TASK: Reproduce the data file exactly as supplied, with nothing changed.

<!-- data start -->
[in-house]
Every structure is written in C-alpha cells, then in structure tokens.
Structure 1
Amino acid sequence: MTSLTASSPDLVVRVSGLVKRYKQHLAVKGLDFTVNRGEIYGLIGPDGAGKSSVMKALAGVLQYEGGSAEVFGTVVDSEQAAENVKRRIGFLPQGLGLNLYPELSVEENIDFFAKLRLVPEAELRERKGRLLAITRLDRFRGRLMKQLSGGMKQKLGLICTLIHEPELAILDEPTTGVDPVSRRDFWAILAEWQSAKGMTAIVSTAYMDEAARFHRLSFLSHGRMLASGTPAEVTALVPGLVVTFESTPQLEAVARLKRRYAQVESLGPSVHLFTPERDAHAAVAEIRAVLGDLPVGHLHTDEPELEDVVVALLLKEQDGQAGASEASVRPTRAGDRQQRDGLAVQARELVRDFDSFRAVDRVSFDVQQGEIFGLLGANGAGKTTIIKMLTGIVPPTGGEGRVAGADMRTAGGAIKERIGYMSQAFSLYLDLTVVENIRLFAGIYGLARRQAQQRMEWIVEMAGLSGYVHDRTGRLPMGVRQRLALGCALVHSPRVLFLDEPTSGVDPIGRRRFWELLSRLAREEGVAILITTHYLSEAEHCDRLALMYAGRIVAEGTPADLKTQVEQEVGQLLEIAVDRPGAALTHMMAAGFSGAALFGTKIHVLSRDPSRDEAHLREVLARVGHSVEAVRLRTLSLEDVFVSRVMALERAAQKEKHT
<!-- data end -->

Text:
[in-house]
Every structure is written in C-alpha cells, then in structure tokens.
Structure 1
Amino acid sequence: MTSLTASSPDLVVRVSGLVKRYKQHLAVKGLDFTVNRGEIYGLIGPDGAGKSSVMKALAGVLQYEGGSAEVFGTVVDSEQAAENVKRRIGFLPQGLGLNLYPELSVEENIDFFAKLRLVPEAELRERKGRLLAITRLDRFRGRLMKQLSGGMKQKLGLICTLIHEPELAILDEPTTGVDPVSRRDFWAILAEWQSAKGMTAIVSTAYMDEAARFHRLSFLSHGRMLASGTPAEVTALVPGLVVTFESTPQLEAVARLKRRYAQVESLGPSVHLFTPERDAHAAVAEIRAVLGDLPVGHLHTDEPELEDVVVALLLKEQDGQAGASEASVRPTRAGDRQQRDGLAVQARELVRDFDSFRAVDRVSFDVQQGEIFGLLGANGAGKTTIIKMLTGIVPPTGGEGRVAGADMRTAGGAIKERIGYMSQAFSLYLDLTVVENIRLFAGIYGLARRQAQQRMEWIVEMAGLSGYVHDRTGRLPMGVRQRLALGCALVHSPRVLFLDEPTSGVDPIGRRRFWELLSRLAREEGVAILITTHYLSEAEHCDRLALMYAGRIVAEGTPADLKTQVEQEVGQLLEIAVDRPGAALTHMMAAGFSGAALFGTKIHVLSRDPSRDEAHLREVLARVGHSVEAVRLRTLSLEDVFVSRVMALERAAQKEKHT